Early California, 1908. Andy Maxwell sets out to solve the mystery surrounding the stabbing death of his younger brother outside a San Francisco bar. He’s certain the murder is part of a vendetta against his family, but frustration and suspense mount as he fails to convince authorities that the killing is anything more than the sad consequence of a brawl between a pair of drunks. The police, the U.S. Army, even his mother refuse to entertain the possibility that the killer, Michael Yellow Squirrel, is one of a clan who intends to wipe out the Maxwells and their California Sierra Nevada ranch.
Andy’s quest for the motives and perpetrators behind the scheme carries him from California to Wyoming and deep into his family’s pioneer past and psyche, where he unearths disturbing secrets about, among other matters, his own racial heritage. It also plunges him into a romantic dilemma involving a blonde debutante and an Arapaho princess. Although Andy’s initial purpose is to foil a conspiracy against his family, his journey eventually leads him to question not only his own values, but also those of the frontier that spawned and nourished them.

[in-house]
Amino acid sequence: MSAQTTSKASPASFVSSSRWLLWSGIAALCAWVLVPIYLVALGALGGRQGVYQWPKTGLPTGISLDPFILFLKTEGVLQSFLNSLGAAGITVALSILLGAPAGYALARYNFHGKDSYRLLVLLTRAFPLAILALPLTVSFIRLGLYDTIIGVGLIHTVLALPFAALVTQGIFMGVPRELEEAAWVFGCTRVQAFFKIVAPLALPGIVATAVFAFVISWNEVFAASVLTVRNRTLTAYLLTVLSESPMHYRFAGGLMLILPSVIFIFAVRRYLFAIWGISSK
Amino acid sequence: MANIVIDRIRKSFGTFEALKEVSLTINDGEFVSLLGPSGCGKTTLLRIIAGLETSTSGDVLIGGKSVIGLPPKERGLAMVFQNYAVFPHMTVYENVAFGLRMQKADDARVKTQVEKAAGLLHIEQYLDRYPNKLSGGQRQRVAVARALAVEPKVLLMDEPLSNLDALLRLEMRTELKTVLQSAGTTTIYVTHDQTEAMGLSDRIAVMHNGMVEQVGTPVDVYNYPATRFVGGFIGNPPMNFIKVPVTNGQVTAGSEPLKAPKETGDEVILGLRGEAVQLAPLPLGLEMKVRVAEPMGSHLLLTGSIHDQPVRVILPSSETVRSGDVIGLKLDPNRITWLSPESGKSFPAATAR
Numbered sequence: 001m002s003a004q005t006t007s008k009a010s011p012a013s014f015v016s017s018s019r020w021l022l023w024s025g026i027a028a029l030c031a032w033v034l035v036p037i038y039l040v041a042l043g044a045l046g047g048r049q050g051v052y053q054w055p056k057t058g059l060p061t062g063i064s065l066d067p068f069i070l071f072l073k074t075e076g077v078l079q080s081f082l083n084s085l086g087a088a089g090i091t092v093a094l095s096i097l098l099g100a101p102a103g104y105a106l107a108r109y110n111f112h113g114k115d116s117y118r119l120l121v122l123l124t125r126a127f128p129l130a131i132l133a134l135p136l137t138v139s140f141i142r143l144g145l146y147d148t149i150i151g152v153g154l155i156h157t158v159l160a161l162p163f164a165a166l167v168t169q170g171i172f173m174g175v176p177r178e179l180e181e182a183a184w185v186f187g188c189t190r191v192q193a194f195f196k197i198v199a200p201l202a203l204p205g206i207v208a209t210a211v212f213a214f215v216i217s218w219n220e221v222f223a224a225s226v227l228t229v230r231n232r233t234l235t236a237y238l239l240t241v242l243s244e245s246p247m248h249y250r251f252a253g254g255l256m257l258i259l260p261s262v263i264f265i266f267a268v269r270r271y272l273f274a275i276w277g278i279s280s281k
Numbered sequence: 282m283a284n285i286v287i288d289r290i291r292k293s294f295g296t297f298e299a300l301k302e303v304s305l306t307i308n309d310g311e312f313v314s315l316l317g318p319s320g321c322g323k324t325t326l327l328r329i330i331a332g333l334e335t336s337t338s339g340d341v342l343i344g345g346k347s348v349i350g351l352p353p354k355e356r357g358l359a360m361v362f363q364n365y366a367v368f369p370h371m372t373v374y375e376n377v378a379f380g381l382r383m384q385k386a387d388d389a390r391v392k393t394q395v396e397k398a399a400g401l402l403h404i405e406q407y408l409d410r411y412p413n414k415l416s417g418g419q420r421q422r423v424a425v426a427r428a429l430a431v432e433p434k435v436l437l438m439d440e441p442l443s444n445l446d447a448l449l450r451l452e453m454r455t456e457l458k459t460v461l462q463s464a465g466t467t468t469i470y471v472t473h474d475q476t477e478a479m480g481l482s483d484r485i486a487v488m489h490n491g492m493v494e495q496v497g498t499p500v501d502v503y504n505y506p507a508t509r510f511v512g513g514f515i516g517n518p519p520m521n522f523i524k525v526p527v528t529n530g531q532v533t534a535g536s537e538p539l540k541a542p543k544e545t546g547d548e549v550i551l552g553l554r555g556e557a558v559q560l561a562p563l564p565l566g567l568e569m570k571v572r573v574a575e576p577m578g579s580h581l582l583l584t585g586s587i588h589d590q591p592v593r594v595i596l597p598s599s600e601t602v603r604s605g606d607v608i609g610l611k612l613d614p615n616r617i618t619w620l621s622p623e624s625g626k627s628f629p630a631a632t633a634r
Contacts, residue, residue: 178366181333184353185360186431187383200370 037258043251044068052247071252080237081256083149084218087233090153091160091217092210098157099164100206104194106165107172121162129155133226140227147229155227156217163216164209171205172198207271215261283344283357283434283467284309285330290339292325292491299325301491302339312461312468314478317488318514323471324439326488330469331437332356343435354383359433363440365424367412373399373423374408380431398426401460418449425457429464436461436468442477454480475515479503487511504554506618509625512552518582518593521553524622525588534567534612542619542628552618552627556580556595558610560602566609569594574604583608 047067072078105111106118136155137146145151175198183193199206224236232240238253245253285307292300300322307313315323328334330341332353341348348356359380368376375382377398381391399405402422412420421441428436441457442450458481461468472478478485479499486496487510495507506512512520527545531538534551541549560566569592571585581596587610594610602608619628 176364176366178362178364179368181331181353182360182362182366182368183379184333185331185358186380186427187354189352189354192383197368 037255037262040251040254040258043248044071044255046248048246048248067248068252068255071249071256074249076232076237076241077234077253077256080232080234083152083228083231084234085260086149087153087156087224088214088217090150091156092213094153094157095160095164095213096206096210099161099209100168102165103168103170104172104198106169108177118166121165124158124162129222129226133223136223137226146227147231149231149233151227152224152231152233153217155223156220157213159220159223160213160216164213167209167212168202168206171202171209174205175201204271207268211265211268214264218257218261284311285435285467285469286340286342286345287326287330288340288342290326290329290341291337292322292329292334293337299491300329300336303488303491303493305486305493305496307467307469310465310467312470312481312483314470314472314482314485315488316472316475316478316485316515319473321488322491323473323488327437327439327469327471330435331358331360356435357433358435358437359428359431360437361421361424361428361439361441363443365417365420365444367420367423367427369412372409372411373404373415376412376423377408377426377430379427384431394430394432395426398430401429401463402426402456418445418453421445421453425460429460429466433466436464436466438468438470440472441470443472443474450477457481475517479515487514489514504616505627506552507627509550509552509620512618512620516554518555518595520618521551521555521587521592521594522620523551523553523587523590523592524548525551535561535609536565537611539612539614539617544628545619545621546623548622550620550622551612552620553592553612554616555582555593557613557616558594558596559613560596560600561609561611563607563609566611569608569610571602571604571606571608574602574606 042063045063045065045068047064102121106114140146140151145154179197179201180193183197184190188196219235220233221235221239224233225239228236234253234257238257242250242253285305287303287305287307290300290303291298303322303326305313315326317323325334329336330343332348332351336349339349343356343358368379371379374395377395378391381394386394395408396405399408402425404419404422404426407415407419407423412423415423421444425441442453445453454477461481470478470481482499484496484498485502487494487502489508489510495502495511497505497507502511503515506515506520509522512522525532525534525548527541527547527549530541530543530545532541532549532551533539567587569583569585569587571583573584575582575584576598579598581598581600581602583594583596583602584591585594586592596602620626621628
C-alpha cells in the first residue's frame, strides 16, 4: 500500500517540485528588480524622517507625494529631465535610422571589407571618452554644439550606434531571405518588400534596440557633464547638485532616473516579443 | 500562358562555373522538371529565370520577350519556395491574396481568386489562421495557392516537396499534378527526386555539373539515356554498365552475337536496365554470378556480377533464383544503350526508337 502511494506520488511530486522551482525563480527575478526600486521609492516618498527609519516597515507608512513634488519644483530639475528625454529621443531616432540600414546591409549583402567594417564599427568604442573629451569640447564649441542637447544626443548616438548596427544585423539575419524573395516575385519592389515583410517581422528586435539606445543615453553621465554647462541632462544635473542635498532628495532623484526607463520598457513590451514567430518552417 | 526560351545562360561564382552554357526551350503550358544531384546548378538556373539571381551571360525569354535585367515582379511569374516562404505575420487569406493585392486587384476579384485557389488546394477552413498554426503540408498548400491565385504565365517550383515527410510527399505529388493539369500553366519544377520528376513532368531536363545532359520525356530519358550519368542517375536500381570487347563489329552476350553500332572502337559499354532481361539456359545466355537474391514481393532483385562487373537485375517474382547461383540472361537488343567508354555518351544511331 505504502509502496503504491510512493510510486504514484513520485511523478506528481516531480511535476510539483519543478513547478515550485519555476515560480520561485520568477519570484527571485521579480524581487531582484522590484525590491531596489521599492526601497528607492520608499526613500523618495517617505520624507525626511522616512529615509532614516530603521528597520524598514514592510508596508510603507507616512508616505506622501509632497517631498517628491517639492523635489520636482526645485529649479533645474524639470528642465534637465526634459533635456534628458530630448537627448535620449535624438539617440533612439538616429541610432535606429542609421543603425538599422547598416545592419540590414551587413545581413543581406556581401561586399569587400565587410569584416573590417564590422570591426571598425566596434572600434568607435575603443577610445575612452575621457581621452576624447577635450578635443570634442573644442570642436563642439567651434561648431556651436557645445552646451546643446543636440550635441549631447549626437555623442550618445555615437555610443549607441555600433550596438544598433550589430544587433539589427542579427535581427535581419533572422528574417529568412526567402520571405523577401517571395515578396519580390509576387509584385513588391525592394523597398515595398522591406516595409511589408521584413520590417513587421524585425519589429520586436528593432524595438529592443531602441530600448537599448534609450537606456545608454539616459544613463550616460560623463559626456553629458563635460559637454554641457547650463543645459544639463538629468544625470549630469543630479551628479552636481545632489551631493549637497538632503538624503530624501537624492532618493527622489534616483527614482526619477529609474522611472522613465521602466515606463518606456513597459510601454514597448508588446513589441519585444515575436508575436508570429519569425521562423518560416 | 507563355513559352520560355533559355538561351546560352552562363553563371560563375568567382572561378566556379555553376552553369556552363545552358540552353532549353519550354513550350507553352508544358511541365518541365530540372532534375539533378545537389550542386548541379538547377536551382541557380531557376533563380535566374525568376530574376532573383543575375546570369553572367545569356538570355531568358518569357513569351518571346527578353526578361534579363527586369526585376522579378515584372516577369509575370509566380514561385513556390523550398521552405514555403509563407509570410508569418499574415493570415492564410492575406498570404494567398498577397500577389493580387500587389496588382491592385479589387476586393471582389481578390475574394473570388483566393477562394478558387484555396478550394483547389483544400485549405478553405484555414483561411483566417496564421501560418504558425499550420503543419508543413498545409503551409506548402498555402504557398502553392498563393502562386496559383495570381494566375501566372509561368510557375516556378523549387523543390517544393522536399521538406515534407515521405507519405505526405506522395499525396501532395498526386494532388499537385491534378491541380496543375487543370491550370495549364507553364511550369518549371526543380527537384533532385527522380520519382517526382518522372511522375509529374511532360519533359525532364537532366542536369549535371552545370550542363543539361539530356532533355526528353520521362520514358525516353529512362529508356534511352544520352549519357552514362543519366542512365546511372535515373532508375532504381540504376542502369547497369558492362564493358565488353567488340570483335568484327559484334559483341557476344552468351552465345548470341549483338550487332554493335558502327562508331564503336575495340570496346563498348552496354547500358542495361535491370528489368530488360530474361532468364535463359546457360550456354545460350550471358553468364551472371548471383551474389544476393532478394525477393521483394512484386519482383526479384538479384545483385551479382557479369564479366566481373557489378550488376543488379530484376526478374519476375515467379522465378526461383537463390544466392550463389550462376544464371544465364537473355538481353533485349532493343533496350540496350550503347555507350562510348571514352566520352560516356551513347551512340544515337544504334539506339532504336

This historical thriller, the prequel to another gripping historical novel, The Second Vendetta, is set nearly one hundred years in the past, yet The Maxwell Vendetta embodies themes as contemporary as racism, political corruption, and sexual exploitation. In short, contemporary America mirrored in a novel of early California.
In 1847 Bonita Kelly’s daughter is born, then stolen the moment she emerges from the womb. When Bonita finally rediscovers the child six years later, she’s being raised by another family and has no idea who her true mother is. Rather than cause the pain and turmoil that would result from asserting her motherhood, Bonita befriends the family and masquerades as a pretend auntie in order to maintain at least some access to her child. That arrangement lasts until the girl begins to ask questions that threaten to unmask the charade, at which point the putative mother, Flora Torres, declares an end the whole relationship. Using elements of Bonita’s own past, rumors that her dead parents were criminals, and the fact that her business partner is a former madam, Flora labels Bonita unfit to associate with her own daughter.
You Can’t Keep Her is the story of Bonita Kelly’s fight to clear her parents’ names, and claim her rightful place at her daughter’s side. The fight carries her from San Francisco to New Orleans and back again. An intriguing love triangle adds a delicious spiciness to the whole affair. If you read the original Bonita, you know will find yourself in company of an extraordinary woman when you step into You Can’t Keep Her. If you didn’t, well you’ll have a wonderful time getting to know her as you sail the tempestuous seas of this romantic and suspenseful tale.